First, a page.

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Legislature Must Decide its Position on
Water Agreement Involving Nez Perce Tribe

by Rocky Barker
The Idaho Statesman, January 6, 2005

The Idaho Legislature must decide by March 31 whether it will join Congress and President George Bush in support of an agreement that will settle for all time the claims of Idaho's Nez Perce Tribe to water in the Snake River Basin.

The $193 million deal would provide benefits for endangered salmon; legal cover for Idaho water users and timberland owners; and cash, water and land for the tribe. It would settle the claims the tribe makes to all of the flows in the Snake River and its tributaries based on its 1855 treaty with the United States. That treaty guaranteed the tribe the right to fish for salmon and other fish. They base their water claims on those rights.

When Idaho began its review of all water rights in the Snake River Basin in 1987, the tribe was forced to assert its claims or give them up. Years of negotiation and a lower court decision in favor of the state left the issue unresolved until 2004 when the tribe, the state, irrigators and the federal government reached a settlement.

The tribe would give up the claims to all but 50,000 acre feet of water and access to springs and fountains on federal lands in north central Idaho under the settlement. It also would get a package of money and land.

Congress approved the agreement in November and President Bush signed it in December.

The Legislature must make changes in state water rules that will all but guarantee that 427,000 acre feet of water is available every year from southern Idaho to aid salmon migration. It also must authorize the federal government to annually lease or buy up to another 60,000 acre feet of water from farmers, which can be used to augment flows for salmon.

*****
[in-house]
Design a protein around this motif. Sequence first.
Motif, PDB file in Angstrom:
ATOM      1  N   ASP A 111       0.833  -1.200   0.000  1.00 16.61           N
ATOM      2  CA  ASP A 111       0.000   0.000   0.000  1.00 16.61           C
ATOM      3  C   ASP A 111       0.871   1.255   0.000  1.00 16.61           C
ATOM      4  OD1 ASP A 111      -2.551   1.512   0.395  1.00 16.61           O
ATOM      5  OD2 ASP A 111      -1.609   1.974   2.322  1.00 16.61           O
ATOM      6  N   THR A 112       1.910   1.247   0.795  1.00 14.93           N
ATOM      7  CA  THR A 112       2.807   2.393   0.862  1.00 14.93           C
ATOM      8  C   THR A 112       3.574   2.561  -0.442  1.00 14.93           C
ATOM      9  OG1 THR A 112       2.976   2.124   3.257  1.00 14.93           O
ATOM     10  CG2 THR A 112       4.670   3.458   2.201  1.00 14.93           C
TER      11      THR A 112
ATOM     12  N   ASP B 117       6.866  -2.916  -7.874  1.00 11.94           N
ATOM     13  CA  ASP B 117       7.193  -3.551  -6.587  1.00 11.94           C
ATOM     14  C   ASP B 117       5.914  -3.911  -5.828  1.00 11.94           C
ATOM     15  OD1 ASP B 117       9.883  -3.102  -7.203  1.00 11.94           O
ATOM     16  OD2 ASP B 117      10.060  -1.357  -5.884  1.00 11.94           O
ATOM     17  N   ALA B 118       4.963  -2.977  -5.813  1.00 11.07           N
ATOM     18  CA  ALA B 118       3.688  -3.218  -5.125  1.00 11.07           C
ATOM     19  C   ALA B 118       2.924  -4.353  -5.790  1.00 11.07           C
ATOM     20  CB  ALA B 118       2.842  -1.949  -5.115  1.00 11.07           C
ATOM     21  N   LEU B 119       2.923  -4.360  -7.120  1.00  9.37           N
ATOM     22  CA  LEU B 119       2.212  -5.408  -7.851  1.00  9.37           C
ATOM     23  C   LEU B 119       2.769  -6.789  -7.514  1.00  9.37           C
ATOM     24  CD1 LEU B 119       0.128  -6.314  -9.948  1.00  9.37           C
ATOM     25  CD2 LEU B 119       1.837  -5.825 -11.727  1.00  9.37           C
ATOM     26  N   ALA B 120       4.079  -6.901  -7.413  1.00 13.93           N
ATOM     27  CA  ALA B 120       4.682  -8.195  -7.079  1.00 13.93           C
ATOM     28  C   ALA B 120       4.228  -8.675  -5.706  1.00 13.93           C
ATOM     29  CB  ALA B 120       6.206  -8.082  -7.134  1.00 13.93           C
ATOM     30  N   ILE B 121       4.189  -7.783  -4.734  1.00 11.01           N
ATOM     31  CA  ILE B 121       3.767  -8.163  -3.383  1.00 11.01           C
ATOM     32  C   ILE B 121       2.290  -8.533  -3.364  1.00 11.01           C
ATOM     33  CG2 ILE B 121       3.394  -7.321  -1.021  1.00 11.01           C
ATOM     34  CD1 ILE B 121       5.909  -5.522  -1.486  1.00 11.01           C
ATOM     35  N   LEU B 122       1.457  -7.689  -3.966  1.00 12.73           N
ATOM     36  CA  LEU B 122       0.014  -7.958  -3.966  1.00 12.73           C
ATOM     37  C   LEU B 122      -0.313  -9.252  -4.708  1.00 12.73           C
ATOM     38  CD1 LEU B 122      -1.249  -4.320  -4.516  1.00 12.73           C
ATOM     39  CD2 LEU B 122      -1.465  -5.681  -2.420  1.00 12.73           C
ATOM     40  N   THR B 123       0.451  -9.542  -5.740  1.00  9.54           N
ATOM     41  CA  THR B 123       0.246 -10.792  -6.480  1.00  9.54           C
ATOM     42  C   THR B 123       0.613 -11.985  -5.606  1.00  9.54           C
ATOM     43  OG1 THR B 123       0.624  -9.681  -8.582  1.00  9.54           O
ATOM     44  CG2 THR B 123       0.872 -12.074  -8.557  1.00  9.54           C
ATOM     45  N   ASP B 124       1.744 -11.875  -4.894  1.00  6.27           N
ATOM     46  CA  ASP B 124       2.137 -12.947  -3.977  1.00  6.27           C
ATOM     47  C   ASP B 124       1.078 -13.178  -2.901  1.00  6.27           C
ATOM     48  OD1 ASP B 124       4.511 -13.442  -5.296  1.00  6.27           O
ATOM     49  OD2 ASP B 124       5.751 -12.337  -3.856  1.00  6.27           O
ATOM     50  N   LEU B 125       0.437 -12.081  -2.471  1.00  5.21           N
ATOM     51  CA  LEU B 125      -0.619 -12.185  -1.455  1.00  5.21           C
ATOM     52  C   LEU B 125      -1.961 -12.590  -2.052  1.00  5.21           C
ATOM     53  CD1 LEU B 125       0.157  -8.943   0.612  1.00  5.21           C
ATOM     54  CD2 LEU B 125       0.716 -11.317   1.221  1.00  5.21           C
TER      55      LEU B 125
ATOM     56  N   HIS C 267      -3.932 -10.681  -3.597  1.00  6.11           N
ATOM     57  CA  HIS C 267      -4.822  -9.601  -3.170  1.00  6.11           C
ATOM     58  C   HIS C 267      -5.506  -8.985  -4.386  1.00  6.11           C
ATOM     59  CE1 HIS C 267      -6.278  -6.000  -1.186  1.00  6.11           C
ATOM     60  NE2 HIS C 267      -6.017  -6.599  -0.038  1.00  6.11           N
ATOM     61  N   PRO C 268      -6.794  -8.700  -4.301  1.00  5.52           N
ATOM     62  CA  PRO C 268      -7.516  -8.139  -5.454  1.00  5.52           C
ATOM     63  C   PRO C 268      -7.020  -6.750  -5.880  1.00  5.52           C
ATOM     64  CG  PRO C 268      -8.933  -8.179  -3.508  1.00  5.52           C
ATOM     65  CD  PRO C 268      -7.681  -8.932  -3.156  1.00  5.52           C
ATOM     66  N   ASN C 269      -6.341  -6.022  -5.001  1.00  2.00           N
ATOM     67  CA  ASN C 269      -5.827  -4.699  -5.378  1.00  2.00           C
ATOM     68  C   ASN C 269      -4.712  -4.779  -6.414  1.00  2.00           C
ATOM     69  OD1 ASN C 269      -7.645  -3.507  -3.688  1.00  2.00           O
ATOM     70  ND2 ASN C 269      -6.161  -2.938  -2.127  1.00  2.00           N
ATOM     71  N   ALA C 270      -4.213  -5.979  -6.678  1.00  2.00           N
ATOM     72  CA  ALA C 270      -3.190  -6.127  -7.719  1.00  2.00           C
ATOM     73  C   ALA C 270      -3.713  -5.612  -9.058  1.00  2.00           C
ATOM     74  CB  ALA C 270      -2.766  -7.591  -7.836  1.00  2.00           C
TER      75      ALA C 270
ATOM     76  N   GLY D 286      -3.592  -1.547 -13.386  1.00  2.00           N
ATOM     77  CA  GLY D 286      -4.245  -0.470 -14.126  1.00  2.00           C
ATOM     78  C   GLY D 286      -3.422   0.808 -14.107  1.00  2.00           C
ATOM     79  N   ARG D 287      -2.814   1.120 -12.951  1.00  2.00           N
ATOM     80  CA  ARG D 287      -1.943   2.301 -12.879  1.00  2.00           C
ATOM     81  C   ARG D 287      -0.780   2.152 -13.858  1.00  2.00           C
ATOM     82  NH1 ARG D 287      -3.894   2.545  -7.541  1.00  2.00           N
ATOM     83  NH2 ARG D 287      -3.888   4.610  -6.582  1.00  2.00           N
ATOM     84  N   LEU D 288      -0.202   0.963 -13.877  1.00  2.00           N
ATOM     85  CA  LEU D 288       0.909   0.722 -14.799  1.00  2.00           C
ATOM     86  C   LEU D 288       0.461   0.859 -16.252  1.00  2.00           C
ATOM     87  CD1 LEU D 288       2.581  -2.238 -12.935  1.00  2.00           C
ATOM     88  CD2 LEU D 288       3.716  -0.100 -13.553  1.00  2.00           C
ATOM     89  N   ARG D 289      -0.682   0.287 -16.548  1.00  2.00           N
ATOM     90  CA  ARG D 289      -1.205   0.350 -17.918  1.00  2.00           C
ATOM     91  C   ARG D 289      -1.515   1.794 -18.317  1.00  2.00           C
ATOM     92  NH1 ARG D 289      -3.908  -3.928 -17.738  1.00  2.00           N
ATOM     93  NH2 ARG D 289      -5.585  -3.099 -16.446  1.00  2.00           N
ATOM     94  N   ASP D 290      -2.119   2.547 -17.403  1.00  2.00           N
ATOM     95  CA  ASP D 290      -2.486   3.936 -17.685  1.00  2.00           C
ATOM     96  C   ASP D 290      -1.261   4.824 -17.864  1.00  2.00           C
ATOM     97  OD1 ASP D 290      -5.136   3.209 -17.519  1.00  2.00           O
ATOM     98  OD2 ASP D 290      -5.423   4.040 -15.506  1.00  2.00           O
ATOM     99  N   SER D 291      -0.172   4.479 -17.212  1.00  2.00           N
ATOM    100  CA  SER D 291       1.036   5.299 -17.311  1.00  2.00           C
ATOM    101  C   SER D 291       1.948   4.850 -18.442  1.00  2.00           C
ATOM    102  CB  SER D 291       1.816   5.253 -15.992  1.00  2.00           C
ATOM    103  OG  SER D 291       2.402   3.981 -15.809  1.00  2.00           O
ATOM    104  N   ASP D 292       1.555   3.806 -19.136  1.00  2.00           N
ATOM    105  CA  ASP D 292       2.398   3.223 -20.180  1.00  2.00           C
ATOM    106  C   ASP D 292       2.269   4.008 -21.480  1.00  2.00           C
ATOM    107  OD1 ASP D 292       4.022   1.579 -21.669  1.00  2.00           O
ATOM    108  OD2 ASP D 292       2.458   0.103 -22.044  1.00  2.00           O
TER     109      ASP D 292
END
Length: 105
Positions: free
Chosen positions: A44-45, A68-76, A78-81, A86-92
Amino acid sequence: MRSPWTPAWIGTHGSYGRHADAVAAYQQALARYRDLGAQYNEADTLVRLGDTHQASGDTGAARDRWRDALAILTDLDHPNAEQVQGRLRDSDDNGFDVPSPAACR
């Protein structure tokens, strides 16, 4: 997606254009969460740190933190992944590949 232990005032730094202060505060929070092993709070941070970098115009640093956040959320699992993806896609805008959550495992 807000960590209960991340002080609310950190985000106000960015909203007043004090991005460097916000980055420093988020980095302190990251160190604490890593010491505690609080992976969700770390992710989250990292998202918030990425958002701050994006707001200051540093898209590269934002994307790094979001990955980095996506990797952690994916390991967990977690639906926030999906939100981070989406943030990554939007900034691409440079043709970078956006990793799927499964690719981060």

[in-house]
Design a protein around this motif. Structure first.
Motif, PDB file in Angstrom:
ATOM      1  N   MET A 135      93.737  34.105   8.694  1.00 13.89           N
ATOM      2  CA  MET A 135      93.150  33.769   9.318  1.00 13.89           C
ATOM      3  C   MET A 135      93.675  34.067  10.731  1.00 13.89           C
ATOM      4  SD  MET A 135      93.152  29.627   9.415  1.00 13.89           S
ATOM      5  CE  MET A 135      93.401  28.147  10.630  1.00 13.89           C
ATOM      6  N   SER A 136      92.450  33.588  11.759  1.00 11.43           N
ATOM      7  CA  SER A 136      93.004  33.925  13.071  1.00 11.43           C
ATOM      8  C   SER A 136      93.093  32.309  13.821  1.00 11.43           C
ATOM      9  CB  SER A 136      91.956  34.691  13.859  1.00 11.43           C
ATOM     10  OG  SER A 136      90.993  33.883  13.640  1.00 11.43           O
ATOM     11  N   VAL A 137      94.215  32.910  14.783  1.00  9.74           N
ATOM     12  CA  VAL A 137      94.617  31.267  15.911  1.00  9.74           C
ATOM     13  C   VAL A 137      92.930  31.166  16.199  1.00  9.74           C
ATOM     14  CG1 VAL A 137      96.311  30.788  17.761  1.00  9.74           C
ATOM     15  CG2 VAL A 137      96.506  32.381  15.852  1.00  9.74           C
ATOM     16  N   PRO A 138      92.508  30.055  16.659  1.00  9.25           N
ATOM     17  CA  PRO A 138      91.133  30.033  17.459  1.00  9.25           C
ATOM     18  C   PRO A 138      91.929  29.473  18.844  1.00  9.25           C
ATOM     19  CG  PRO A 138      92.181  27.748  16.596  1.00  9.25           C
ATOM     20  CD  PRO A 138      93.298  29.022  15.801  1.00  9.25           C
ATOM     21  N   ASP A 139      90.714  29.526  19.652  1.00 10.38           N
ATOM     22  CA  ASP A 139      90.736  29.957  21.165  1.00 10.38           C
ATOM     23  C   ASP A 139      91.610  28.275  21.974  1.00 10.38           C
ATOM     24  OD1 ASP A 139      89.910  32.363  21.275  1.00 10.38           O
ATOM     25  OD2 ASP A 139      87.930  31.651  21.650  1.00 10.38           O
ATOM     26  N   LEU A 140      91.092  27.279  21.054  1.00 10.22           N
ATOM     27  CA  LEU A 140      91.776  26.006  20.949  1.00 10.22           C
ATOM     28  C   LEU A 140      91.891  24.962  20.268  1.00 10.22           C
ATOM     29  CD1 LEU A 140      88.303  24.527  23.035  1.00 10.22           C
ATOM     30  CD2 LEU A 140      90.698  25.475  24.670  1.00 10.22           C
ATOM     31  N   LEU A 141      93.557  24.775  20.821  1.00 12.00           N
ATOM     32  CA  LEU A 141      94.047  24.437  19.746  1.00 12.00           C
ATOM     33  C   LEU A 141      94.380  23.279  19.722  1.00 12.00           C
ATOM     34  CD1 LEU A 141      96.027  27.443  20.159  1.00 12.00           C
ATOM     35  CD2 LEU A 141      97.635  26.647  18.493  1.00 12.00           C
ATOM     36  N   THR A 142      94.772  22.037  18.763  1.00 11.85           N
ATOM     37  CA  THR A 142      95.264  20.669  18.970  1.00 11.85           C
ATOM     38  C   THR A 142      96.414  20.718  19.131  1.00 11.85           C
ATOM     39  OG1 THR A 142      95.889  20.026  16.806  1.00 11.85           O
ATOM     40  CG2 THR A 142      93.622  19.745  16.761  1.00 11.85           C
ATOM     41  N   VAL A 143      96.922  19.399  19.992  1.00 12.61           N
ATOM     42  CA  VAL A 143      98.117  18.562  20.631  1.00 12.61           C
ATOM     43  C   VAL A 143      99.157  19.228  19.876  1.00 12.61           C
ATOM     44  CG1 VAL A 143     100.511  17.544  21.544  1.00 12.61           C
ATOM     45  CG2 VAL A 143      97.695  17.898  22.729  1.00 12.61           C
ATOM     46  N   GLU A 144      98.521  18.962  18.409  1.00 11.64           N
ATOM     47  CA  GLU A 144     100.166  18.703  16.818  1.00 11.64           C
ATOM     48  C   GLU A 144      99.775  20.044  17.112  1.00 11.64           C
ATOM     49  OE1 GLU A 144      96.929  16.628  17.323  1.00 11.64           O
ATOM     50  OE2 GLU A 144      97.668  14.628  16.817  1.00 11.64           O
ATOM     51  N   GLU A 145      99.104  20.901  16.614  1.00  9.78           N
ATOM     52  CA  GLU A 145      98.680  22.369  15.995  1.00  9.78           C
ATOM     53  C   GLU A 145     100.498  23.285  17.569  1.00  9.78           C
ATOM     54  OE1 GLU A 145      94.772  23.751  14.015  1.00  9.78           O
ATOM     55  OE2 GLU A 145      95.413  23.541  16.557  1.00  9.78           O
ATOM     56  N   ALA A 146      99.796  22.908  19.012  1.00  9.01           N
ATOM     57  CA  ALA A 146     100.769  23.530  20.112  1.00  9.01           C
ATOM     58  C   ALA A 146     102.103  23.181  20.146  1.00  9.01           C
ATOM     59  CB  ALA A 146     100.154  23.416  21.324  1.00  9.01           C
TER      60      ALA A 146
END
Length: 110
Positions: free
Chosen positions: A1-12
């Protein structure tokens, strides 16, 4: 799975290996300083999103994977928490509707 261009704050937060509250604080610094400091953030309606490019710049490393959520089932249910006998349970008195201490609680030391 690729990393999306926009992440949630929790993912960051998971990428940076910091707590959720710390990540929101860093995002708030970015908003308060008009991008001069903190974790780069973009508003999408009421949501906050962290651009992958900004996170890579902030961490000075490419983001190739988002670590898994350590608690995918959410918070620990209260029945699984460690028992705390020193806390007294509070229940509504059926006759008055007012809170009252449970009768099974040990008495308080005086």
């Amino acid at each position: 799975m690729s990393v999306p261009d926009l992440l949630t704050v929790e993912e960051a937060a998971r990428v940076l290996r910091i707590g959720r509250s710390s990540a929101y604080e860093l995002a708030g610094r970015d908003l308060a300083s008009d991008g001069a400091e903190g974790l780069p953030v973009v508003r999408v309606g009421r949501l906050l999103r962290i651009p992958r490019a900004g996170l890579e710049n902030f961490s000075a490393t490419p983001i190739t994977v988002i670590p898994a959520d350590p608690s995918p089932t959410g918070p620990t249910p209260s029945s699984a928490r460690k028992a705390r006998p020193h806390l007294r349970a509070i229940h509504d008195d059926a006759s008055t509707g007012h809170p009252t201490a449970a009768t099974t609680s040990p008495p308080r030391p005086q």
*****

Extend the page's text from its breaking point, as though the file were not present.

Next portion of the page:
The legislation also will establish minimum stream flows on the Salmon and Clearwater rivers and tributaries to aid salmon spawning and migration. These state-controlled instream-flow rights will ensure that many places where salmon spawn that are currently dried up or too shallow will have enough water for the fish.

A series of logging rules designed to protect salmon and steelhead also must be adapted.

A similar program is under development for ranch lands for salmon streams that run through private property. Ranchers who opt in get protection from the Endangered Species Act.

The Idaho Legislature and the Nez Perce Tribal Executive Committee must approve the agreement by March 31.

What does the Nez Perce water deal provide?

For the Nez Perce

For salmon and steelhead

For the state of Idaho For water users For local governments

For the federal government

What's next?

President Bush must sign the omnibus budget bill that includes the Nez Perce Agreement. Then the Idaho Legislature and the Nez Perce Tribal Executive Committee must approve the agreement by March 31, 2005.

Also by that date, the state has to identify and negotiate minimum stream flows in the Upper Salmon River Valley, and negotiate the framework of a salmon protection plan for the Lemhi and Pahsimeroi basins in eastern Idaho.

The Bureau of Reclamation must finish consulting with federal fisheries agencies as required under the Endangered Species Act by March 31, 2005. But if the rules that come out of this public process exceed the demands for Idaho water outlined in the agreement, the deal can be negated.

Link to read a summary of the agreement

Rocky Barker
Legislature Must Decide its Position on Water Agreement Involving Nez Perce Tribe
The Idaho Statesman, January 6, 2005

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